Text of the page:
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Cleaved toys from Erzgebirge

by Tibor Uhrín

Illustration of technologyErzgebirge (the Ore Mountains) is a location rich in wood and was an area rich in non-ferrous metal deposits that provoked busy mining activity into the region in the Middle Ages. As the ore deposits declined in the 18th century, local people had to look for new ways to feed their families. They went into wood processing of spruce forests. They started with kitchen utensils, spinning wheels and buttons. Toys they made were the most popular product. They did not change wood processing technology for two hundred years. The production methods they used are recognised today and are determined to be the predecessors of industrial mass production. A major improvement of the process got its start in the early 19th century (around 1804) in Seiffen and came in the form of new technology called reifendrehen Hoop Turning. This method, usually used for making wooden animals and vehicles, introduced the mass production of various sizes. The method joined turning and cleaving. One ring allowed for many small figures – around 40 – 60 pieces. It exemplifies the use of turning, cleaving and wood carving in mass production as it involves certain degree of workmanship.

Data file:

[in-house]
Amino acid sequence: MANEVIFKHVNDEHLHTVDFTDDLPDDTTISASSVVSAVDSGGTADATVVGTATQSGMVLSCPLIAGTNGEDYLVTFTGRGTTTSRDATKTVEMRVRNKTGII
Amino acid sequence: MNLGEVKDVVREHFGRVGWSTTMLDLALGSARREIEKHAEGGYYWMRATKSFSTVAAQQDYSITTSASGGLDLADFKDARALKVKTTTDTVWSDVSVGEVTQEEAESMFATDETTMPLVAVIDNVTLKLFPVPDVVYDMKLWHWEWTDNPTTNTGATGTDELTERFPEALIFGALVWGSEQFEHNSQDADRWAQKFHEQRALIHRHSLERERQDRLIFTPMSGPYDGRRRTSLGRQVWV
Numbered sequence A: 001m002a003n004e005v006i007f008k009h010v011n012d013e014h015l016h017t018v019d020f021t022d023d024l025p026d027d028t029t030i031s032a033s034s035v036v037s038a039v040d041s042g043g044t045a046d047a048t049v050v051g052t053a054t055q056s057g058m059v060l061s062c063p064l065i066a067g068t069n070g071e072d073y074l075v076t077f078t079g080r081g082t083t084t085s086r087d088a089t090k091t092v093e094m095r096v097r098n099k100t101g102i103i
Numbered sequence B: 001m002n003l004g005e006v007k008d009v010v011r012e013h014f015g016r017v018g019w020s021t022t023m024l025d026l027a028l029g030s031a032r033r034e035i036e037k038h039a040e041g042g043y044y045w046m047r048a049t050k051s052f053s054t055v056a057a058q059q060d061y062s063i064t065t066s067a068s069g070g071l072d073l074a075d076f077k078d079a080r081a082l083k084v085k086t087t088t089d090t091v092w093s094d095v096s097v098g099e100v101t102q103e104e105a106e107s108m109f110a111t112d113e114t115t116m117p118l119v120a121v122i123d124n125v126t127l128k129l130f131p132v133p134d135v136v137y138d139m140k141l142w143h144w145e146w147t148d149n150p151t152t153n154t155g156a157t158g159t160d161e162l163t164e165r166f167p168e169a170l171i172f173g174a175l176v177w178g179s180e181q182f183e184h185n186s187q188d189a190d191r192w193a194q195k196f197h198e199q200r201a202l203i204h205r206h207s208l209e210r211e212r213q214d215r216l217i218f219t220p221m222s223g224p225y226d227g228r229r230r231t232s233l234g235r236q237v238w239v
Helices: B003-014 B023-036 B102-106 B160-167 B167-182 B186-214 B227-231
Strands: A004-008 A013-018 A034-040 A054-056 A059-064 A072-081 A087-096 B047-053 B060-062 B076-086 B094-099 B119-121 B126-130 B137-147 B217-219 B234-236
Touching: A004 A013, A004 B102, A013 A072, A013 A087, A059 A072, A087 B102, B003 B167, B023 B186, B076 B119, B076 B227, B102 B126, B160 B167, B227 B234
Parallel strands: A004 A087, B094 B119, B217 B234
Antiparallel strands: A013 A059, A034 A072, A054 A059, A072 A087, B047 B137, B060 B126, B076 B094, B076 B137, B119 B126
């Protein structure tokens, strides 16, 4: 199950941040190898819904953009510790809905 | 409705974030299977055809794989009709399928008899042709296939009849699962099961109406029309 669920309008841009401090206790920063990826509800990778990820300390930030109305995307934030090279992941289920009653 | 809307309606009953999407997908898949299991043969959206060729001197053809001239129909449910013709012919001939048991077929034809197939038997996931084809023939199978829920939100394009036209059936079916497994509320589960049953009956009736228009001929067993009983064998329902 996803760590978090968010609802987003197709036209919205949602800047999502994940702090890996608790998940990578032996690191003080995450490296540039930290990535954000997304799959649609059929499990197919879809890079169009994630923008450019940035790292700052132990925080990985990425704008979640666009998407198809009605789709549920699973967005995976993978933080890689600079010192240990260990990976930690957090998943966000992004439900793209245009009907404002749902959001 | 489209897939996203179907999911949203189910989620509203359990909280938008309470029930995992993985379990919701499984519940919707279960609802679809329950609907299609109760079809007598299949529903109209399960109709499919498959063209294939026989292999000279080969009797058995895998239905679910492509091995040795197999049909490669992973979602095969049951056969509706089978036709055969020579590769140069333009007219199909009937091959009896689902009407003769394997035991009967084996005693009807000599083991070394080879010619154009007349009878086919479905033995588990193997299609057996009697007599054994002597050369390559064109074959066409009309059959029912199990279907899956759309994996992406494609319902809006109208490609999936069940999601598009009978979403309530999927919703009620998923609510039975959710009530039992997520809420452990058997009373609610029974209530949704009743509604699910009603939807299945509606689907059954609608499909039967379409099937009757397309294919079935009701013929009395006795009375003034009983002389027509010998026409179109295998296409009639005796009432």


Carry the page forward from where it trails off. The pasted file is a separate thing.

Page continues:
Further articles in the magazine Craft, Art, Design 01/2008:


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